“Core operational and transactional databases hold critical data that is vital to a company and data center’s operation, but their software and architectures are so inefficient that architects create a huge protective ‘bubble’ around them,” explained David Nagle, advisor to Pliops. “Data centers that embrace specialized processors to offload common applications can not only reduce server count, storage capacity and network costs, but can also share that hardware across both their transactional and analytic workloads. This is a game-changer in terms of efficiency, performance, scalability, costs, and shared real-time access to data.”

Pliops’ architecture creates the closest possible connection between application and flash storage, eliminating decades of accumulated legacy application, file system and storage layers and the associated inefficiencies.

“Specialized processors are changing the face of computing and allowing the innovative spirit of Moore’s Law to live on,” Nagle continued. “Adopting them does require a shift in thinking, as well as a change in infrastructure, but the benefits gained deliver value well beyond what traditional processors can deliver today and enable scaling for the next decade and beyond. This is especially true when applied to cloud databases, storage systems, and analytics platforms where Pliops is delivering 10x faster performance and 100x improved response time in less than half the amount of storage. The greater the challenge, the greater the reward.”

“On this 55th anniversary we mark the end of only the first ‘semiconductor process’ phase of Moore’s Law,” said Kevin Deierling, senior vice president of marketing for Mellanox Technologies. “Now we are entering a new phase where the march of performance and efficiency will continue, with advances from chip processing slowing, but accelerating contributions from innovation of chip and system architectures and optimization at data center scale. Such innovation includes acceleration and parallelism across the entire data center stack, including accelerated computing from GPUs, networking, storage, and software. Innovations like Pliops’ database acceleration and intelligent networking from Mellanox are critical to keeping this next phase of Moore’s Law marching forward.”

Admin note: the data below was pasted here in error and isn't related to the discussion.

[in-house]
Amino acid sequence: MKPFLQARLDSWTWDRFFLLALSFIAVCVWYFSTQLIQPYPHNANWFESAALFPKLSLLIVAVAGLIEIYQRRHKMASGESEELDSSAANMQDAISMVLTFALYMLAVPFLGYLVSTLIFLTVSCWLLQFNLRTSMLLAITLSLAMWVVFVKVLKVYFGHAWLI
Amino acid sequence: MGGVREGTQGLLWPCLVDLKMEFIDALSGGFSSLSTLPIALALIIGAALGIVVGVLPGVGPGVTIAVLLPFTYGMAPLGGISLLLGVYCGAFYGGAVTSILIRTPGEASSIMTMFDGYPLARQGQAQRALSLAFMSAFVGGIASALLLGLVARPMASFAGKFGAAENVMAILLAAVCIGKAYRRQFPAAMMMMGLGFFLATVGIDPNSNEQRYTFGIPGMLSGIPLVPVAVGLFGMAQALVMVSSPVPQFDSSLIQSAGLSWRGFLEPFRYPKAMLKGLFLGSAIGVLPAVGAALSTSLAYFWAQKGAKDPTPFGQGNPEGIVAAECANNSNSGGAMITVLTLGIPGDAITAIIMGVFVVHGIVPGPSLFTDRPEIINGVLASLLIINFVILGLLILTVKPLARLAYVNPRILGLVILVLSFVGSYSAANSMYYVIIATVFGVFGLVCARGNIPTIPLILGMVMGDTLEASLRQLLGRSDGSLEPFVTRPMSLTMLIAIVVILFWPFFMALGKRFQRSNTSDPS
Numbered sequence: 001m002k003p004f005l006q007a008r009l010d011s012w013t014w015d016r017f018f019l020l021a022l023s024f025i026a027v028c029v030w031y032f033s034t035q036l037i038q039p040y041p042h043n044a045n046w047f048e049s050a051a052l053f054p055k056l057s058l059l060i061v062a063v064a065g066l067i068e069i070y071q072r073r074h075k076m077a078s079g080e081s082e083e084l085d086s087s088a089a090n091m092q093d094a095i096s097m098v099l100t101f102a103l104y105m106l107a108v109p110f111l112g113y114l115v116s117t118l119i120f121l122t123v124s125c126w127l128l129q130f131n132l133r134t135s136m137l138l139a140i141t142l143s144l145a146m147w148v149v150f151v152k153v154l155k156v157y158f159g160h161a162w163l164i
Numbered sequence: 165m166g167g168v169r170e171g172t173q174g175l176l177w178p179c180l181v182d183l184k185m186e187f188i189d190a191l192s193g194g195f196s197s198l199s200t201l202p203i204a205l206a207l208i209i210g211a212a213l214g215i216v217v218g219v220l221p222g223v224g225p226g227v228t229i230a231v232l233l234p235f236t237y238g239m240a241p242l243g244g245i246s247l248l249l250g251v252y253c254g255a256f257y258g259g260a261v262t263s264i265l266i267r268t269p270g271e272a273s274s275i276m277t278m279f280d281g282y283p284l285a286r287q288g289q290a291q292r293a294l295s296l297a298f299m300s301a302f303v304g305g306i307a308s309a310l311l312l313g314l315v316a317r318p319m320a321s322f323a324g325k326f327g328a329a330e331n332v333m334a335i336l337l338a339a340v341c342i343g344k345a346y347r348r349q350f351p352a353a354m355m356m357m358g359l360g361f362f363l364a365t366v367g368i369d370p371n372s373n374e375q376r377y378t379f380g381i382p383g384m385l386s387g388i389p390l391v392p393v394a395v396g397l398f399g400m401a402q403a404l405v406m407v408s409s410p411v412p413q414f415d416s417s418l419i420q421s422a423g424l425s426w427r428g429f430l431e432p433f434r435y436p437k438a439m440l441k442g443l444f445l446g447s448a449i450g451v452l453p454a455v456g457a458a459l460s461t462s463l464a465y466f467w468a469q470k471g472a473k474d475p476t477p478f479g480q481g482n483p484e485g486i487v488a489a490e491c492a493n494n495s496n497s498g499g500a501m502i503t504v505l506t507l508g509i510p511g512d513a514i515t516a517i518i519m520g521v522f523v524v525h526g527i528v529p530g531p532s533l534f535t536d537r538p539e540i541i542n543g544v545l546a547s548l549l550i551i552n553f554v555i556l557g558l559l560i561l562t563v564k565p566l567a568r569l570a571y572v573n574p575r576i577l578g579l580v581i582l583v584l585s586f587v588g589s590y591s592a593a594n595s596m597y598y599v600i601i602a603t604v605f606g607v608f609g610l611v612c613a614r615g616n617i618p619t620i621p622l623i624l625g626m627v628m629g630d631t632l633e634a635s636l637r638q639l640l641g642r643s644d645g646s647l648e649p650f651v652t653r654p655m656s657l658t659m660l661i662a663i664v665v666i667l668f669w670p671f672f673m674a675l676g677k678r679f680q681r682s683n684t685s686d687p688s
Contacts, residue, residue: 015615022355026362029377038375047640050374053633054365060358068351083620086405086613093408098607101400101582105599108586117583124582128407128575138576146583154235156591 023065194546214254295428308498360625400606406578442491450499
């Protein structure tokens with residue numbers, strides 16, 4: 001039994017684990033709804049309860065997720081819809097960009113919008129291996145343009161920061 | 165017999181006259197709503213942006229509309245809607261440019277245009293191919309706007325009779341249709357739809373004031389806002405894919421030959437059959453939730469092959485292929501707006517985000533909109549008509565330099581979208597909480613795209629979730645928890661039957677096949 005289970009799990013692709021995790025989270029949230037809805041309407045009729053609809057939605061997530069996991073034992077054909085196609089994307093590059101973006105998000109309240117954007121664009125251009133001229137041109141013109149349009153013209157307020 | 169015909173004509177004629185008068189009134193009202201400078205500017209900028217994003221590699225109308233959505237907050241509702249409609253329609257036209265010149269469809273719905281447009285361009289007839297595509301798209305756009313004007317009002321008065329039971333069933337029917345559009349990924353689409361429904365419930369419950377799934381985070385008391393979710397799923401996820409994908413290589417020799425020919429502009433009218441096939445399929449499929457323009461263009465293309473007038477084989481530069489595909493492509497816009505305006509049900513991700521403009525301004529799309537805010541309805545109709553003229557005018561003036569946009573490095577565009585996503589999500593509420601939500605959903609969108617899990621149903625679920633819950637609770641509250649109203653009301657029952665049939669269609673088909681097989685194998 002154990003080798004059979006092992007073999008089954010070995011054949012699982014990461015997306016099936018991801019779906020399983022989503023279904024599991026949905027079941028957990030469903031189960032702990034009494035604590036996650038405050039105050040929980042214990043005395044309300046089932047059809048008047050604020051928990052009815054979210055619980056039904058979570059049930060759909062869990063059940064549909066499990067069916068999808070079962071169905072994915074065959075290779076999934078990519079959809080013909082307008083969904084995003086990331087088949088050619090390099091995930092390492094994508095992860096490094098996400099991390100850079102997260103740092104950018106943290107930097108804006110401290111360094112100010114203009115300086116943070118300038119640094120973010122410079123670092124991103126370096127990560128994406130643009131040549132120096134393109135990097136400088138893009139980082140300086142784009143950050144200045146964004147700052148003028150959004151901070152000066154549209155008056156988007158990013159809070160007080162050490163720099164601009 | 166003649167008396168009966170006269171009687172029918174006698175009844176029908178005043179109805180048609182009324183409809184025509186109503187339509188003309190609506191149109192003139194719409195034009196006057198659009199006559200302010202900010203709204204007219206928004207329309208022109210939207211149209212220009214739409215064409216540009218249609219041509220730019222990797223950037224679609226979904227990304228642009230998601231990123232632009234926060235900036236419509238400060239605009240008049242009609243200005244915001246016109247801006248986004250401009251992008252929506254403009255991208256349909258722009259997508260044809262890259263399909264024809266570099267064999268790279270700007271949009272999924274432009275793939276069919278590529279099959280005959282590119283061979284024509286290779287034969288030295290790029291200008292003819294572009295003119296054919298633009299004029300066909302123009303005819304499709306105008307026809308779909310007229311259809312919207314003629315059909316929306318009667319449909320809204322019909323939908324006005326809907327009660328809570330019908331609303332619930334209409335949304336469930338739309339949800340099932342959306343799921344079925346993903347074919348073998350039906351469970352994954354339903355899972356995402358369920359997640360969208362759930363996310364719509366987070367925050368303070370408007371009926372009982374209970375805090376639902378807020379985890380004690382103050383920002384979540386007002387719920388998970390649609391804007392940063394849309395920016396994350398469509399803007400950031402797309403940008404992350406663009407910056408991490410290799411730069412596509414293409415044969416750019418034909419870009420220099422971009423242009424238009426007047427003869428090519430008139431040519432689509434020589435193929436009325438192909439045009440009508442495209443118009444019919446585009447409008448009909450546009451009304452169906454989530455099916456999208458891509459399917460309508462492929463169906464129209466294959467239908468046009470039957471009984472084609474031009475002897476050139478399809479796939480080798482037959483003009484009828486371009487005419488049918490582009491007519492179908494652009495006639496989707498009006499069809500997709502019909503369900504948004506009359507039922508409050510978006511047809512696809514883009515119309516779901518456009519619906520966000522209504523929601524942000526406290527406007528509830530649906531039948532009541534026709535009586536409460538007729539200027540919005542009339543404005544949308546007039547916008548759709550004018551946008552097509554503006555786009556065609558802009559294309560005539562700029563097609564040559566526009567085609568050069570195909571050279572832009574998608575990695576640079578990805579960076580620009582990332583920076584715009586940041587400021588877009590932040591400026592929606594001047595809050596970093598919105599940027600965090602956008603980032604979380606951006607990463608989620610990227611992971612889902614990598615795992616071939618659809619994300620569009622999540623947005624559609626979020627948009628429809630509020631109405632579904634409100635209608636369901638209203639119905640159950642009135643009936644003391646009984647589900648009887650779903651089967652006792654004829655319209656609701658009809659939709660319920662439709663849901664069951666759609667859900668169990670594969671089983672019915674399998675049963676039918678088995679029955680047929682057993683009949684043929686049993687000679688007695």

"While the slowdown of Moore's Law has significantly disrupted the industry, it has also created opportunities," added Henri Richard, executive vice president of worldwide field and customer operations for NetApp and a semiconductor industry veteran. "Companies like NetApp and Pliops that recognize Moore's Law for what it truly was – a mandate for innovative thinking – will be the ones to lead the future of computing forward. The decline of Moore's Law should be seen as the dawn of a new age."

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About Pliops
Founded in 2017, Pliops is a technology innovator focused on making data centers run faster and more efficiently. Its technology addresses skyrocketing data volumes and solves the slowing compute performance problem. The company's Storage Processor is built upon a groundbreaking patent-pending approach that accelerates storage functions. Focused on creating the next wave of the accelerated data center, the Pliops Storage Processor enables cloud and enterprise customers to access data up to 100 times faster – using just a fraction of the computational load and power consumption. With Pliops technology, databases, analytics and other data-intensive applications are able to reach their full potential. Investors include Softbank Ventures Asia, Intel Capital, Western Digital, Mellanox, and Xilinx.

For more information on Pliops technology or career opportunities visit or connect on Twitter and LinkedIn.

Media Contact:
Stephanie Olsen
Lages & Associates
(949) 453-8080